What builders really mean - a jargon-busting guide for homeowners

Posted on Thursday, September 1, 2022

Property maintenance solution provider, Help me Fix, has created a jargon-busting guide to help homeowners better understand the terms used by tradespeople from electricians to builders and carpenters.

There is some construction and home maintenance jargon that most people are somewhat familiar with - such as a 'chippy' meaning carpenter, 'sparky' meaning electrician, and 'bricky' meaning bricklayer or builder. However, the language and vocabulary that these chippies, sparkies, and brickies use is often a complete mystery to everyday folk, which can sometimes cause confusion.

That’s why Help Me Fix has created a comprehensive dictionary of common trade terms, translating them into plain English to help more of us better navigate the world of home maintenance.



Crushed stone or rock, often referring to sand, ballast, gravel, or other loose, pubble-like building materials. Aggregate has various applications, including its use as in building foundations.


A thin layer of material applied to the outside of a building, often for decorative reasons. Cladding can be made from natural materials like stone, or man-made synthetics. While primarily an aesthetic concern, cladding can offer thermal insulation and weather resistance.


An informal word for cement.


A type of pain used by decorators. In terms of finish and sheen, it falls halfway between matte (no sheen) and gloss (high sheen) paints.


Grout is used to fill gaps between tiles. It’s usually a mixture of water, cement, and sand. It increases the neat appearance of bathroom and kitchen tiles, while also sealing the gaps between.


Lagging is insulation that covers pipes in order to regulate temperature. Often used around water pipes, it helps keep the heat inside the pipes rather than allowing it to escape. This means it helps with energy efficiency and carbon footprint. It also prevents pipes freezing and bursting in cold temperatures.


A kind of mortar used by builders to fill in the gaps between bricks or stones. Made of sand, cement, and water.



A tool used to intricately cut wood, often used to cut unusual or complex shapes. Made up of an electric motor and a saw blade.


An informal word for sandpaper.



The process of drawing up blueprints or architectural plans for a building project, such as an extension.


A final layer of plaster that a painter or decorator will use to create a smooth finish to the walls, thus making them easier to paint.


Snags are small problems found after a construction project. Snagging is the process of searching for and identifying these flaws. Contractors should rectify these problems quickly and free of charge.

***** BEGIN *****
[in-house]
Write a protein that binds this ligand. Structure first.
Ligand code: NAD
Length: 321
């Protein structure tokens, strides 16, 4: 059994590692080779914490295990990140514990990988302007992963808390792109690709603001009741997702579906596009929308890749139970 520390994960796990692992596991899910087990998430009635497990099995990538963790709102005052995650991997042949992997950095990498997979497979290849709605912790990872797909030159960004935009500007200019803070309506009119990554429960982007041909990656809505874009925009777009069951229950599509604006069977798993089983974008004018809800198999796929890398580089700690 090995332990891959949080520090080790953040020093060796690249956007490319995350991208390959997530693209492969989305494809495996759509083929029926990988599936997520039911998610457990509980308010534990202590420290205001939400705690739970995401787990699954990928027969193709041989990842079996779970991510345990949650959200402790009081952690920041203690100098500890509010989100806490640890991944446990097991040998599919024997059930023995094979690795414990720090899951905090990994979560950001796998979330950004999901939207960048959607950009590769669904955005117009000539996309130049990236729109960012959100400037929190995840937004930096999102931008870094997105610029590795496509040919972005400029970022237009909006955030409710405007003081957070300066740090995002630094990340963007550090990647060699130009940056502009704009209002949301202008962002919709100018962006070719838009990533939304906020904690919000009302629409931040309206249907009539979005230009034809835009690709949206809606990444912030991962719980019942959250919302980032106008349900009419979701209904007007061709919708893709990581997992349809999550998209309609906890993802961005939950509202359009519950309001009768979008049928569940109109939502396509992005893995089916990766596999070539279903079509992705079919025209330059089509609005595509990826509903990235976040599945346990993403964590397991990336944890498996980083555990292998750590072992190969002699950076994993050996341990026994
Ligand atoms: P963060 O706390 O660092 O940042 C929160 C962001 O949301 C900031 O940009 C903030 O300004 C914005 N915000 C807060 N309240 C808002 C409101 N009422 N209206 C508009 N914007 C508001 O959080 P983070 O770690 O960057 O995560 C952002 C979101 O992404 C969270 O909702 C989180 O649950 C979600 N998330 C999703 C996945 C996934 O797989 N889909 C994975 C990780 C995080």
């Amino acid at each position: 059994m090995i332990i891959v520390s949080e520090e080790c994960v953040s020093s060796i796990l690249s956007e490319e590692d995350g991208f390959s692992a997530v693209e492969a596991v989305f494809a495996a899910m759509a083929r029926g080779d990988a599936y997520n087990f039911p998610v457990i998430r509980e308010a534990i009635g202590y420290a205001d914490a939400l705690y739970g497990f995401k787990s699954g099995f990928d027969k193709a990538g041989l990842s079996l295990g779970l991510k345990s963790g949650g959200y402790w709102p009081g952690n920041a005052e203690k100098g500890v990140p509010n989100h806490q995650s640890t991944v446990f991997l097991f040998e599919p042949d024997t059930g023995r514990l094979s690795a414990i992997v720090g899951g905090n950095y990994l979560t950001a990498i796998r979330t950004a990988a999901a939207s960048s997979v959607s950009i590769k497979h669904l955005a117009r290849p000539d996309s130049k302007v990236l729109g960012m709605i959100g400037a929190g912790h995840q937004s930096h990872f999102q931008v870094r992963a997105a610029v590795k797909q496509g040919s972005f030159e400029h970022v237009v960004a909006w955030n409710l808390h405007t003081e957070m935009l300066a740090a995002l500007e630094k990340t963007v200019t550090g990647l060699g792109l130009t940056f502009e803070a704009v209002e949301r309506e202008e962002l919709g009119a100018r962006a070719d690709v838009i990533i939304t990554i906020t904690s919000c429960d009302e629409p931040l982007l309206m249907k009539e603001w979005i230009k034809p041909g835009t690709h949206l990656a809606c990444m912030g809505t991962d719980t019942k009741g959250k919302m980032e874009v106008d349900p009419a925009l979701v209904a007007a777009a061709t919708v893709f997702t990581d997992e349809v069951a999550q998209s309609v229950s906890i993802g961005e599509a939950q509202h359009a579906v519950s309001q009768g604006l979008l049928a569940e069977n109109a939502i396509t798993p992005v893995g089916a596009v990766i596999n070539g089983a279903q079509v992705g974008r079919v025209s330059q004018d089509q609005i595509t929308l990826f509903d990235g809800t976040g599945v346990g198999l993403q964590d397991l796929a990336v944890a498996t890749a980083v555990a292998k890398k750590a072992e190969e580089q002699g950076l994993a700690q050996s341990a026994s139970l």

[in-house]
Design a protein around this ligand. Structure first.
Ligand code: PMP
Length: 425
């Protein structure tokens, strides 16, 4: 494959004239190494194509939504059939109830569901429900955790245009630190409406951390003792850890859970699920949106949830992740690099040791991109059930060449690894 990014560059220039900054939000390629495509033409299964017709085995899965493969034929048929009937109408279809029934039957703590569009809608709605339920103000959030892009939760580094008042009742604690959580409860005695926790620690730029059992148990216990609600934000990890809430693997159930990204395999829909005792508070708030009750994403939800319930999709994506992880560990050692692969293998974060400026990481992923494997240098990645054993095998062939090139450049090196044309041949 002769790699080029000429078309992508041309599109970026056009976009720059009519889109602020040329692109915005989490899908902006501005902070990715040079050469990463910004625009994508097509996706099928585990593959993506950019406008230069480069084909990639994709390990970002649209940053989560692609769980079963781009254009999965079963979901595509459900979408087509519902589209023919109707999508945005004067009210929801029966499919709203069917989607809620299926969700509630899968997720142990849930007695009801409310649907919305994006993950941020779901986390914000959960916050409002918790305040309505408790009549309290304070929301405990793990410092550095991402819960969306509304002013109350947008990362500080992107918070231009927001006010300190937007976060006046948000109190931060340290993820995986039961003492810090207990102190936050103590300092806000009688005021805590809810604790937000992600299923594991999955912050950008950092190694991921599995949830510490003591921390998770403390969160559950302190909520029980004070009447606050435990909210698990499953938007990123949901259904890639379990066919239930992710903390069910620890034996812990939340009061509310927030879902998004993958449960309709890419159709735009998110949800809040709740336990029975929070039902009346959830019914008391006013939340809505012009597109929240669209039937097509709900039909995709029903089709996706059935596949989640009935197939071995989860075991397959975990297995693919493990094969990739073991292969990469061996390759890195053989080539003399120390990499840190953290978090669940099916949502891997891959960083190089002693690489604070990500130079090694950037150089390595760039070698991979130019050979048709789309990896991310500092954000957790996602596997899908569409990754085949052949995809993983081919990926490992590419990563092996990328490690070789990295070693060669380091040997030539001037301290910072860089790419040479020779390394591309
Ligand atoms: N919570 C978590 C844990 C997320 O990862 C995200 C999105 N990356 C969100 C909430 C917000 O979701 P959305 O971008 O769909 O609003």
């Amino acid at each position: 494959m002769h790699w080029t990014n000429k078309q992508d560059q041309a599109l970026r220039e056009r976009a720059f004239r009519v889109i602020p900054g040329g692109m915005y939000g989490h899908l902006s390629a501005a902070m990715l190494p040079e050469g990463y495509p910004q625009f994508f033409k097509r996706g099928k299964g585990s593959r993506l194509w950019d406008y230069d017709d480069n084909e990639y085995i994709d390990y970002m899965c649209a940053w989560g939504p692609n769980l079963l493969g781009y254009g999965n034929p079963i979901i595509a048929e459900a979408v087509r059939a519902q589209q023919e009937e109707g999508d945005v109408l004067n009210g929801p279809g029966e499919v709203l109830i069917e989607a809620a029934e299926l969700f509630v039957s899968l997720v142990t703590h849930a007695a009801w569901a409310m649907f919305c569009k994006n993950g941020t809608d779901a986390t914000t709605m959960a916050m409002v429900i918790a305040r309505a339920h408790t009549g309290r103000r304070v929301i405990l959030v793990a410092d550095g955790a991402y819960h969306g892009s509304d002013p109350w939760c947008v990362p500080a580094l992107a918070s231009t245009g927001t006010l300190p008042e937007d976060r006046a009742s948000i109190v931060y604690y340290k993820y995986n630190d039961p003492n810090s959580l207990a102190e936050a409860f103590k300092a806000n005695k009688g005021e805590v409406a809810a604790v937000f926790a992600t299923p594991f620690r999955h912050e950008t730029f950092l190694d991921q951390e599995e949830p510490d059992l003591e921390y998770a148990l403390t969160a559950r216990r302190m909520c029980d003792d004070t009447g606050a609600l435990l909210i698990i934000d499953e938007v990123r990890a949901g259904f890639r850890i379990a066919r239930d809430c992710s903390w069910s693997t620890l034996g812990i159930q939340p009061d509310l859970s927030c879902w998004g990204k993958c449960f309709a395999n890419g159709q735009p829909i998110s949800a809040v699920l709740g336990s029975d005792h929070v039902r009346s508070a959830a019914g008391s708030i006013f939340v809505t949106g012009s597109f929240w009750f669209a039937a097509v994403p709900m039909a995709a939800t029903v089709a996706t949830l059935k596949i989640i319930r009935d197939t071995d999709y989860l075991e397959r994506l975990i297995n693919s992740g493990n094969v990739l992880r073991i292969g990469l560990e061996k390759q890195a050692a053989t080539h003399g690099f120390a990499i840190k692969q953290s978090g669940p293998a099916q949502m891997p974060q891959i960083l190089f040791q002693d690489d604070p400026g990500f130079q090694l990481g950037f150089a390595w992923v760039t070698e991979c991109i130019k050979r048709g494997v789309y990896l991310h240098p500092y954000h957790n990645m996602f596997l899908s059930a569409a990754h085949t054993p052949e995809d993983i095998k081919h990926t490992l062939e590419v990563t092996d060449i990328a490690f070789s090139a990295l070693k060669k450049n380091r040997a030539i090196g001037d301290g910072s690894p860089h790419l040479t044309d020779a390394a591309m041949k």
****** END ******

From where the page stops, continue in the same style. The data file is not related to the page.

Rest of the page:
Objects and Features


Builders and carpenters use this word to refer to any kind of storage furniture such as kitchen cupboards, or boxes.


A mechanism that keeps cupboard doors shut.

Mushroom vent

A mushroom-shaped air vent that allows air ventilation from the roof of a property.

Party Wall

Refers to a wall that separates two properties, each with a different owner/occupier. For example, the wall that separates two semi-detached homes. Both parties will share legal rights over the party wall which means one party cannot unilaterally decide to destroy or alter it.


Quoins refers to both the corners of walls, top and bottom, and also the blocks used when constructing those corners. In the latter case, some quoins are structural, others are simply decorative.


Sloping, diagonal wooden beams that hold the structure of a pointed roof. They support the weight of a roof. Exposed rafters are a popular interior design feature.

Soldier course

Refers to bricks that are laid vertically rather than horizontally. In other words, they are stacked on their shortest edge rather than the longest.


Refers to the narrowed part of a chimney found immediately above a stove or fireplace.

Ettan Bazil, CEO and Founder of Help me Fix said:

“Any profession is likely to carry its own dictionary of industry specific terms. However, not every profession will have an overlapping level of communication with the general public in the same way that the trades do.

"For those not in the know, it can be confusing at times and it’s understandable that when you’re paying good money to have work done, you want to know exactly what’s happening.

"Hopefully this guide will help people understand more without having to constantly ask professionals to explain more clearly what they’re saying.”

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